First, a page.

Italy, like France, endured wartime division, but one of both territory and time, marked by the September 1943 armistice and the subsequent military occupation by Germany of its former Axis ally. Since 1926, the Fascist Party had enjoyed a monopoly on the production of documentaries and newsreels, but it displayed ambivalence in using feature films as convenient propaganda vehicles. Only about 5 percent of the more than 700 films produced in Italy between 1930 and 1943 overtly championed Italian accomplishments or adventures in World War I (Goffredo Alessandrini's Lucio Serra, Pilot in 1938); in the naval dominion of the Mediterranean Theater (Roberto Rosselini's The White Ship of 1941); in the Spanish Civil War (Augusto Genina's 1939 epic The Seige of Alcazar); and in the conquest of Africa, glorified in Carmine Gallone's Roman costume epic Scipio the African (1937). The huge body of film not directly concerned with nationalist jingoism was characterized in 1943 by director Luchino Visconti as "a cinema of corpses." Visconti's own Obsession (1943) pointed the way out of the Italian morass of Hollywood-inspired "white telephone" features (which, set in opulent surroundings where elegant characters often conversed vacuously on such appliances, obliquely satirized the privileged classes in 1930s Italy) and empty costume dramas toward the postwar achievement of Visconti and his fellow neorealists, whose films offered simple depictions of lower-class life.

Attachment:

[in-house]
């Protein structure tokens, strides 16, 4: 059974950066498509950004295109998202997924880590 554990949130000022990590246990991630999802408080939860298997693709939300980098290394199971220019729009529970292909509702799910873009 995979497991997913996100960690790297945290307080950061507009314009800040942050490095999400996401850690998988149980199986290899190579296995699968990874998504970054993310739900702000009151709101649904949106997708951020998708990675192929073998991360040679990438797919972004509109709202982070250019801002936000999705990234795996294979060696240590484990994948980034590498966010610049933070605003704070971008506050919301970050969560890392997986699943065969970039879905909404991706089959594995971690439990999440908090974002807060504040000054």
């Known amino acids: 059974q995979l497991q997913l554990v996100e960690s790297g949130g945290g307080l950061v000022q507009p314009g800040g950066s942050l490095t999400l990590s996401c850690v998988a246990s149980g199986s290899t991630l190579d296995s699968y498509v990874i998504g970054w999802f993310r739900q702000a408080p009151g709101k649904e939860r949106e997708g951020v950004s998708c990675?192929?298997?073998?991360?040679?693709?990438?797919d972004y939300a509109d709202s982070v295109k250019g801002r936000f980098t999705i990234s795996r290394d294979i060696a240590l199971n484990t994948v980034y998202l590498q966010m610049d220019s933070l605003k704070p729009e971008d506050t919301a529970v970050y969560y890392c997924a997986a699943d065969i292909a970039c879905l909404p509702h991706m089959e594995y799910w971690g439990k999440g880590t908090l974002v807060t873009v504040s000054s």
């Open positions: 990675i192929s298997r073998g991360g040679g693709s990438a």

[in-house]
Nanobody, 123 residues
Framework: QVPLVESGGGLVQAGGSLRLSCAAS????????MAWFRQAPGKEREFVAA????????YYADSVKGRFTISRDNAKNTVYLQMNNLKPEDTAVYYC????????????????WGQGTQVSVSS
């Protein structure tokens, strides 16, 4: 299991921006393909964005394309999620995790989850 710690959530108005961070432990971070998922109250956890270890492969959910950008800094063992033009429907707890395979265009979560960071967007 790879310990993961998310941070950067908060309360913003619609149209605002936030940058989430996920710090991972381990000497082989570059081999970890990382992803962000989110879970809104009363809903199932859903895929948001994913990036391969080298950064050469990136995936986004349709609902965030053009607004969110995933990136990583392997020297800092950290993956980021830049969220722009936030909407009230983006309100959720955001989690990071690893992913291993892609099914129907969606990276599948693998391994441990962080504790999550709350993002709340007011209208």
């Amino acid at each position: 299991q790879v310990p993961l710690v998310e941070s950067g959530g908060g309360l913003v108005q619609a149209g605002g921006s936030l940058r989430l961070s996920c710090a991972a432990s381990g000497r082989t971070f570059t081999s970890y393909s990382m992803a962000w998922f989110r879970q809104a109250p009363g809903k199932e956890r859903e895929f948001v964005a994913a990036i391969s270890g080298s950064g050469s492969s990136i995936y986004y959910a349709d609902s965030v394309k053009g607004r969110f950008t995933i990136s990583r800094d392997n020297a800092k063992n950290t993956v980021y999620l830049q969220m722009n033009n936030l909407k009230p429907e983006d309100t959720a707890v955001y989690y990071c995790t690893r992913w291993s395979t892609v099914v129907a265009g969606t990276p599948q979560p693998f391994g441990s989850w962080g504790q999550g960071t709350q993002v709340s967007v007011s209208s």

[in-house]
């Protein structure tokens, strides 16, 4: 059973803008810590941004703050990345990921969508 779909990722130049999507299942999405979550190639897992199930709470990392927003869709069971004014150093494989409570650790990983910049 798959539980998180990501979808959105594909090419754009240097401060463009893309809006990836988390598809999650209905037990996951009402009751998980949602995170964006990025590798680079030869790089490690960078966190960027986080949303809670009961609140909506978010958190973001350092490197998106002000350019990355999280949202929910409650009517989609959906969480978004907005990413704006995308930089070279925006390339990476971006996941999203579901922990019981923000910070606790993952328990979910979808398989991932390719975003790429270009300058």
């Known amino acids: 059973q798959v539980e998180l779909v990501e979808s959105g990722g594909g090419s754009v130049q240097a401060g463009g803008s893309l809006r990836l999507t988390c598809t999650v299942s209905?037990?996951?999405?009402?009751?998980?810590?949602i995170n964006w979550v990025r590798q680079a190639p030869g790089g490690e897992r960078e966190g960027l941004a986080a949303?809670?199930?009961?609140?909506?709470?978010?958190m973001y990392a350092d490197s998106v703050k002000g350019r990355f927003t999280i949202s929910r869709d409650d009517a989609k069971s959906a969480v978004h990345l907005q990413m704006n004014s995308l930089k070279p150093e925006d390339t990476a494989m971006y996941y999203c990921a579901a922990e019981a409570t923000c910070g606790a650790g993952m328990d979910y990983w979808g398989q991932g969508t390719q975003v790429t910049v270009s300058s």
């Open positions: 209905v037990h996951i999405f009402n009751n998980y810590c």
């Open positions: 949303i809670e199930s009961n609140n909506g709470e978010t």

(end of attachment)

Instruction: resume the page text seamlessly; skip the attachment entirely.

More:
As the Nazis consolidated their power during the 1930s, film became the medium of choice for promoting their government's point of view to the German people. By 1937, the National Socialist Party exercised total control over the German film industry, and five years later no private film production companies remained in Germany. Joseph Goebbels took charge of monitoring the film industry, advising executives as to what constituted a "good" film and banning outright several dozen films he believed ran counter to Third Reich values. Of the more than 1,000 films made in Germany under the aegis of the Nazi regime, however, fewer than 15 percent constituted pure propaganda. These were powerfully conceived, such as Leni Riefenstahl's masterful prewar Triumph of the Will (1935) and Olympia (1938). The ubiquitous newsreels, depicted as Goebbels saw fit, were designed to promote the Nazi Party as Germany headed toward war. Fritz Hippler's overtly anti-Semitic pseudodocumentary The Wandering Jew (1940) trumpeted the party's persistent shibboleths; Veit Harlan's Jew Suss (1940) couched its message in a costume drama. The numerous dramas and comedies produced for wartime entertainment were not without their political or ideological content: the Prussian spirit was lionized in Wolfgang Liebeneier's Bismarck (1940) and Harlan's The Great King (1942), the plight of Mary Queen of Scots at the hands of the English was set to music in Carl Froelich's The Heart of a Queen (1940), and the nobility of the Afrikaner resisting British dominion in South Africa was celebrated in Hans Steinhoff's Uncle Kruger (1941). Eduard von Borsody's Request Concert (1940) presented a cavalcade of German musical figures in support of the war effort. As the tide of war turned against the Third Reich, audiences were entertained by outrageous fantasy in Josef von Baky's Munchausen (1943). Harlan struggled to film his apocalyptic Kolberg during late 1943 and 1944; by the time of its premiere in January 1945, many German theaters had fallen to Allied bombs.